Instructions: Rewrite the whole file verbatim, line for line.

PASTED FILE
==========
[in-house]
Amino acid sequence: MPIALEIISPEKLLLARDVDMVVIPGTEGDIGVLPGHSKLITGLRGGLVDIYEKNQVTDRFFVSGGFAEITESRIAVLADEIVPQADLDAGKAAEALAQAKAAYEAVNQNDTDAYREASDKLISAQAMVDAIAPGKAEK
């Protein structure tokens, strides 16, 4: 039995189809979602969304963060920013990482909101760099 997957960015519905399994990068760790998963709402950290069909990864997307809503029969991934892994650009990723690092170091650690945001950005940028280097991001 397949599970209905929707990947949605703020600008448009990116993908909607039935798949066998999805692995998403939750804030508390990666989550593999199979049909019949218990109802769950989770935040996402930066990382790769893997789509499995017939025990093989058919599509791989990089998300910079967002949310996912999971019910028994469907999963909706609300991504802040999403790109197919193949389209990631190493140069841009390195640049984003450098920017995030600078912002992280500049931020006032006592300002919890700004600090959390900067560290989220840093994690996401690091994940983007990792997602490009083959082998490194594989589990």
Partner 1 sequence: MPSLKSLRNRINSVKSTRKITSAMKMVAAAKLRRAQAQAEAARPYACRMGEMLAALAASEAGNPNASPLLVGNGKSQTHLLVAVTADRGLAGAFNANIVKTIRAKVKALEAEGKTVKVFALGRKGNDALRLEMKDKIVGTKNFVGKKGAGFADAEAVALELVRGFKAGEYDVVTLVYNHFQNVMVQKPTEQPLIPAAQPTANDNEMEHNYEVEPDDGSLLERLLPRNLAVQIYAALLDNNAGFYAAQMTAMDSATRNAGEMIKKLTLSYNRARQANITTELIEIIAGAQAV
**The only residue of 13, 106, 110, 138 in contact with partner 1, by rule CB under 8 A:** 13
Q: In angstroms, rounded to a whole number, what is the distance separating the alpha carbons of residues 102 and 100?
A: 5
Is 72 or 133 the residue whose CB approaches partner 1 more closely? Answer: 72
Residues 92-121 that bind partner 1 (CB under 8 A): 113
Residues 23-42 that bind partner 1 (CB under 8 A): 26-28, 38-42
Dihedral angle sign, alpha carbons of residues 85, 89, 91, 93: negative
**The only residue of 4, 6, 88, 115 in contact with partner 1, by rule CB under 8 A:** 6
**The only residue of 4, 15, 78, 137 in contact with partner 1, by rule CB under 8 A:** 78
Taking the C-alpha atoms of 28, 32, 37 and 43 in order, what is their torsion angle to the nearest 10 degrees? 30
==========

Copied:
[in-house]
Amino acid sequence: MPIALEIISPEKLLLARDVDMVVIPGTEGDIGVLPGHSKLITGLRGGLVDIYEKNQVTDRFFVSGGFAEITESRIAVLADEIVPQADLDAGKAAEALAQAKAAYEAVNQNDTDAYREASDKLISAQAMVDAIAPGKAEK
């Protein structure tokens, strides 16, 4: 039995189809979602969304963060920013990482909101760099 997957960015519905399994990068760790998963709402950290069909990864997307809503029969991934892994650009990723690092170091650690945001950005940028280097991001 397949599970209905929707990947949605703020600008448009990116993908909607039935798949066998999805692995998403939750804030508390990666989550593999199979049909019949218990109802769950989770935040996402930066990382790769893997789509499995017939025990093989058919599509791989990089998300910079967002949310996912999971019910028994469907999963909706609300991504802040999403790109197919193949389209990631190493140069841009390195640049984003450098920017995030600078912002992280500049931020006032006592300002919890700004600090959390900067560290989220840093994690996401690091994940983007990792997602490009083959082998490194594989589990």
Partner 1 sequence: MPSLKSLRNRINSVKSTRKITSAMKMVAAAKLRRAQAQAEAARPYACRMGEMLAALAASEAGNPNASPLLVGNGKSQTHLLVAVTADRGLAGAFNANIVKTIRAKVKALEAEGKTVKVFALGRKGNDALRLEMKDKIVGTKNFVGKKGAGFADAEAVALELVRGFKAGEYDVVTLVYNHFQNVMVQKPTEQPLIPAAQPTANDNEMEHNYEVEPDDGSLLERLLPRNLAVQIYAALLDNNAGFYAAQMTAMDSATRNAGEMIKKLTLSYNRARQANITTELIEIIAGAQAV
**The only residue of 13, 106, 110, 138 in contact with partner 1, by rule CB under 8 A:** 13
Q: In angstroms, rounded to a whole number, what is the distance separating the alpha carbons of residues 102 and 100?
A: 5
Is 72 or 133 the residue whose CB approaches partner 1 more closely? Answer: 72
Residues 92-121 that bind partner 1 (CB under 8 A): 113
Residues 23-42 that bind partner 1 (CB under 8 A): 26-28, 38-42
Dihedral angle sign, alpha carbons of residues 85, 89, 91, 93: negative
**The only residue of 4, 6, 88, 115 in contact with partner 1, by rule CB under 8 A:** 6
**The only residue of 4, 15, 78, 137 in contact with partner 1, by rule CB under 8 A:** 78
Taking the C-alpha atoms of 28, 32, 37 and 43 in order, what is their torsion angle to the nearest 10 degrees? 30